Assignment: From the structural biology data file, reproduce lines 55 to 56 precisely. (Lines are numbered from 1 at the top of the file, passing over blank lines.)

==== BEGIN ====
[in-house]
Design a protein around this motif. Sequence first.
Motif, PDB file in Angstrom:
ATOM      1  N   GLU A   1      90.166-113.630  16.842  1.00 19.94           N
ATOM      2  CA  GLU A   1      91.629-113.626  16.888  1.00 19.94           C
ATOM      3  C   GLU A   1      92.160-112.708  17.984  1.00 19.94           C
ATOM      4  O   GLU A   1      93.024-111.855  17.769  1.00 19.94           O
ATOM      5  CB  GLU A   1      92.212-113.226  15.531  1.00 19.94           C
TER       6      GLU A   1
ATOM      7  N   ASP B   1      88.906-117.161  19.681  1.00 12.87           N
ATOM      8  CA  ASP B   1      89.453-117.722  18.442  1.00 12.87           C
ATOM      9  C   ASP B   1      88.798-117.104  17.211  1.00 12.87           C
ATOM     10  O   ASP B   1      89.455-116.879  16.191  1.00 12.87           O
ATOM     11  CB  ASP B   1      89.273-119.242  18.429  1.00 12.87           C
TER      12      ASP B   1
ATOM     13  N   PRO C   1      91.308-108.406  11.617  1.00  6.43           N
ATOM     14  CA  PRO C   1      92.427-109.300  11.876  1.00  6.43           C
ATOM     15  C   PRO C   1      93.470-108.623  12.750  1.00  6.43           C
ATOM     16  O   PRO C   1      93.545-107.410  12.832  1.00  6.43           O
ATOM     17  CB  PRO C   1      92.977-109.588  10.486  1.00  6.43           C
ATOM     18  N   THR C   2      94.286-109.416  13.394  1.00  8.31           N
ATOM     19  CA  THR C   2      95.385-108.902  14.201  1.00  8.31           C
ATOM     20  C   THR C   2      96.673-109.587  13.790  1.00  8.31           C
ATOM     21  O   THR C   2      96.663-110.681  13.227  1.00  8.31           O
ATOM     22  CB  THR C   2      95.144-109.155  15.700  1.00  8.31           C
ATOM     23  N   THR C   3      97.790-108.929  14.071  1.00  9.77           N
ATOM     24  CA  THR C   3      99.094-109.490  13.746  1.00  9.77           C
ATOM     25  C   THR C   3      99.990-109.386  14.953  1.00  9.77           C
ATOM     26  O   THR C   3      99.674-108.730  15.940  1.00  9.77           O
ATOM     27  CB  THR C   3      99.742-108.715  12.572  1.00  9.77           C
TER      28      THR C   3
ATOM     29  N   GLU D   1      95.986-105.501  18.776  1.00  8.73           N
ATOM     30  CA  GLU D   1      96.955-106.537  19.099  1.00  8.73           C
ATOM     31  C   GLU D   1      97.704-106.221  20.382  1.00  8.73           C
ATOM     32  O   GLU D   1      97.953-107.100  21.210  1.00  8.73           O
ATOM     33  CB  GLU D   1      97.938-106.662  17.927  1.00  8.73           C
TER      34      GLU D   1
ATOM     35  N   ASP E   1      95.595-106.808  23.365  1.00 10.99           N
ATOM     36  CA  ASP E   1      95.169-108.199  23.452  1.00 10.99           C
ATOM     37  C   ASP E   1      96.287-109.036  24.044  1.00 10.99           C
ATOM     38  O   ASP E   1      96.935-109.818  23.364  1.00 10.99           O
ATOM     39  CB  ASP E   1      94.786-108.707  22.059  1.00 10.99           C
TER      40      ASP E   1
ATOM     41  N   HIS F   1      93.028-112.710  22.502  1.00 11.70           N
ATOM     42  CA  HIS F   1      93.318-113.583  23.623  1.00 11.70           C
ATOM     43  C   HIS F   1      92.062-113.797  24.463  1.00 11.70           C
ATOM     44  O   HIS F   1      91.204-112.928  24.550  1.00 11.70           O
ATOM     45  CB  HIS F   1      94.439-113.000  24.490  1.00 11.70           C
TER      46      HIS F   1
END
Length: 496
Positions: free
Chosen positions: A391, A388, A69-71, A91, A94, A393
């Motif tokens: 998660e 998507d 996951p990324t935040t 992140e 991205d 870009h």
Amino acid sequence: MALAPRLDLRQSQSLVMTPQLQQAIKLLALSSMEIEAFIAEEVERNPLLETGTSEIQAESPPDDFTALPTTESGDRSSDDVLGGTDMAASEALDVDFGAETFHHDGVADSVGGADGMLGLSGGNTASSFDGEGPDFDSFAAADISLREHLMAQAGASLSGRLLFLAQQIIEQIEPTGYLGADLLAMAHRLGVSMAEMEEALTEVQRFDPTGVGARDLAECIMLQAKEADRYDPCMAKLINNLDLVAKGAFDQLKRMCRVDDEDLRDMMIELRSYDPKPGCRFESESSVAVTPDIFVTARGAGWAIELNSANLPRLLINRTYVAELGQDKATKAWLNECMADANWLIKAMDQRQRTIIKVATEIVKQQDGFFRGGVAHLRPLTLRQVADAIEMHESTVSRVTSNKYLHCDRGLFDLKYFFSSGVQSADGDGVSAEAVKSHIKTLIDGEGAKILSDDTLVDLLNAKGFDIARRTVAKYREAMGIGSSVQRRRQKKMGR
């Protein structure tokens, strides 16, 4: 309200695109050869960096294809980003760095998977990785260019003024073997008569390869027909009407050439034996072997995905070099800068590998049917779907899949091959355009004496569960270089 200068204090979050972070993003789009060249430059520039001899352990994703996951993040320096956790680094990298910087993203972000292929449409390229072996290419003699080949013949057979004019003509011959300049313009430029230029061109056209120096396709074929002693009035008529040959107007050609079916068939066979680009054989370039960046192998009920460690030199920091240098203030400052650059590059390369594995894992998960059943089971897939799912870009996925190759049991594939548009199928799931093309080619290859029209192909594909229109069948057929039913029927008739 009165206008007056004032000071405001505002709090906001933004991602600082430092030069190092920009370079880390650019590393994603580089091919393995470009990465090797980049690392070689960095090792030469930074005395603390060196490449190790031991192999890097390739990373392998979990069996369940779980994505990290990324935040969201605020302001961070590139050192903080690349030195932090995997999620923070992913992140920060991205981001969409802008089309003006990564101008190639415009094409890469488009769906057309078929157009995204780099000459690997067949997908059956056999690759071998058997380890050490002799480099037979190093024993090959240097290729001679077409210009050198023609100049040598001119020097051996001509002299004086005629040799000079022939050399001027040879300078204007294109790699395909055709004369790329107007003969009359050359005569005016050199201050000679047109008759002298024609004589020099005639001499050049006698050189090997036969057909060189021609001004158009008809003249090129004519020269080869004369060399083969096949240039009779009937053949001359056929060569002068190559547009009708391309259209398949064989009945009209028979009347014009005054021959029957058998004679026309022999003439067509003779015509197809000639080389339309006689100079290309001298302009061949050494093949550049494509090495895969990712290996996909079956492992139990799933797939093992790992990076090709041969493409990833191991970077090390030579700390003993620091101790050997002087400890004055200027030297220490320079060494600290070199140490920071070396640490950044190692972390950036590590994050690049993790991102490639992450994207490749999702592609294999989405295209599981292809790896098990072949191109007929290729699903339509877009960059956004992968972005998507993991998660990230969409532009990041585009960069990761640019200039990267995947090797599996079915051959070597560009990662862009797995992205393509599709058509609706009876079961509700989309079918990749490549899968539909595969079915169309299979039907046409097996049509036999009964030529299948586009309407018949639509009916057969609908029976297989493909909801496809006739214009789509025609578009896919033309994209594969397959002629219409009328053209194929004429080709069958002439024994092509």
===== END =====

Amino acid sequence: MALAPRLDLRQSQSLVMTPQLQQAIKLLALSSMEIEAFIAEEVERNPLLETGTSEIQAESPPDDFTALPTTESGDRSSDDVLGGTDMAASEALDVDFGAETFHHDGVADSVGGADGMLGLSGGNTASSFDGEGPDFDSFAAADISLREHLMAQAGASLSGRLLFLAQQIIEQIEPTGYLGADLLAMAHRLGVSMAEMEEALTEVQRFDPTGVGARDLAECIMLQAKEADRYDPCMAKLINNLDLVAKGAFDQLKRMCRVDDEDLRDMMIELRSYDPKPGCRFESESSVAVTPDIFVTARGAGWAIELNSANLPRLLINRTYVAELGQDKATKAWLNECMADANWLIKAMDQRQRTIIKVATEIVKQQDGFFRGGVAHLRPLTLRQVADAIEMHESTVSRVTSNKYLHCDRGLFDLKYFFSSGVQSADGDGVSAEAVKSHIKTLIDGEGAKILSDDTLVDLLNAKGFDIARRTVAKYREAMGIGSSVQRRRQKKMGR
């Protein structure tokens, strides 16, 4: 309200695109050869960096294809980003760095998977990785260019003024073997008569390869027909009407050439034996072997995905070099800068590998049917779907899949091959355009004496569960270089 200068204090979050972070993003789009060249430059520039001899352990994703996951993040320096956790680094990298910087993203972000292929449409390229072996290419003699080949013949057979004019003509011959300049313009430029230029061109056209120096396709074929002693009035008529040959107007050609079916068939066979680009054989370039960046192998009920460690030199920091240098203030400052650059590059390369594995894992998960059943089971897939799912870009996925190759049991594939548009199928799931093309080619290859029209192909594909229109069948057929039913029927008739 009165206008007056004032000071405001505002709090906001933004991602600082430092030069190092920009370079880390650019590393994603580089091919393995470009990465090797980049690392070689960095090792030469930074005395603390060196490449190790031991192999890097390739990373392998979990069996369940779980994505990290990324935040969201605020302001961070590139050192903080690349030195932090995997999620923070992913992140920060991205981001969409802008089309003006990564101008190639415009094409890469488009769906057309078929157009995204780099000459690997067949997908059956056999690759071998058997380890050490002799480099037979190093024993090959240097290729001679077409210009050198023609100049040598001119020097051996001509002299004086005629040799000079022939050399001027040879300078204007294109790699395909055709004369790329107007003969009359050359005569005016050199201050000679047109008759002298024609004589020099005639001499050049006698050189090997036969057909060189021609001004158009008809003249090129004519020269080869004369060399083969096949240039009779009937053949001359056929060569002068190559547009009708391309259209398949064989009945009209028979009347014009005054021959029957058998004679026309022999003439067509003779015509197809000639080389339309006689100079290309001298302009061949050494093949550049494509090495895969990712290996996909079956492992139990799933797939093992790992990076090709041969493409990833191991970077090390030579700390003993620091101790050997002087400890004055200027030297220490320079060494600290070199140490920071070396640490950044190692972390950036590590994050690049993790991102490639992450994207490749999702592609294999989405295209599981292809790896098990072949191109007929290729699903339509877009960059956004992968972005998507993991998660990230969409532009990041585009960069990761640019200039990267995947090797599996079915051959070597560009990662862009797995992205393509599709058509609706009876079961509700989309079918990749490549899968539909595969079915169309299979039907046409097996049509036999009964030529299948586009309407018949639509009916057969609908029976297989493909909801496809006739214009789509025609578009896919033309994209594969397959002629219409009328053209194929004429080709069958002439024994092509």